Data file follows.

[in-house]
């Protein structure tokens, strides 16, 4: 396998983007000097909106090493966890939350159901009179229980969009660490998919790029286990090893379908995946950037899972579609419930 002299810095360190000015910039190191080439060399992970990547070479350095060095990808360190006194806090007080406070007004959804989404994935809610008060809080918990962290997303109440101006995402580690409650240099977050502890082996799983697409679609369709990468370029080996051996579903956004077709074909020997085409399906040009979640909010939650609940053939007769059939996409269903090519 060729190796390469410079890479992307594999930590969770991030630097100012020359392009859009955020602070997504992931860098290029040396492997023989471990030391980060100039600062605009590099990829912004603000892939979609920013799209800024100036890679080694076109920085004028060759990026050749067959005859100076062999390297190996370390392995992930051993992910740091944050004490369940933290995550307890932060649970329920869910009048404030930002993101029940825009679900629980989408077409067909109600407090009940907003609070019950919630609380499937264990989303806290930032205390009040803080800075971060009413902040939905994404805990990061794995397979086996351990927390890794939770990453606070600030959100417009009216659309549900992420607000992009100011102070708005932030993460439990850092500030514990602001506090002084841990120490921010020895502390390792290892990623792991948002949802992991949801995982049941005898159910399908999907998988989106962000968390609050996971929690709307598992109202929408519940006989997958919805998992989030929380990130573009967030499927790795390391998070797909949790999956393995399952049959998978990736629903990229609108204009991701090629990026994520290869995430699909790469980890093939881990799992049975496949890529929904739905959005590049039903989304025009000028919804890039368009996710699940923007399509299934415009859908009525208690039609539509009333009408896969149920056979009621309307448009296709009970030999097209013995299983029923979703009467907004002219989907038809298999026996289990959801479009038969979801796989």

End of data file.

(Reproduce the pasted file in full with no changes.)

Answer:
[in-house]
């Protein structure tokens, strides 16, 4: 396998983007000097909106090493966890939350159901009179229980969009660490998919790029286990090893379908995946950037899972579609419930 002299810095360190000015910039190191080439060399992970990547070479350095060095990808360190006194806090007080406070007004959804989404994935809610008060809080918990962290997303109440101006995402580690409650240099977050502890082996799983697409679609369709990468370029080996051996579903956004077709074909020997085409399906040009979640909010939650609940053939007769059939996409269903090519 060729190796390469410079890479992307594999930590969770991030630097100012020359392009859009955020602070997504992931860098290029040396492997023989471990030391980060100039600062605009590099990829912004603000892939979609920013799209800024100036890679080694076109920085004028060759990026050749067959005859100076062999390297190996370390392995992930051993992910740091944050004490369940933290995550307890932060649970329920869910009048404030930002993101029940825009679900629980989408077409067909109600407090009940907003609070019950919630609380499937264990989303806290930032205390009040803080800075971060009413902040939905994404805990990061794995397979086996351990927390890794939770990453606070600030959100417009009216659309549900992420607000992009100011102070708005932030993460439990850092500030514990602001506090002084841990120490921010020895502390390792290892990623792991948002949802992991949801995982049941005898159910399908999907998988989106962000968390609050996971929690709307598992109202929408519940006989997958919805998992989030929380990130573009967030499927790795390391998070797909949790999956393995399952049959998978990736629903990229609108204009991701090629990026994520290869995430699909790469980890093939881990799992049975496949890529929904739905959005590049039903989304025009000028919804890039368009996710699940923007399509299934415009859908009525208690039609539509009333009408896969149920056979009621309307448009296709009970030999097209013995299983029923979703009467907004002219989907038809298999026996289990959801479009038969979801796989």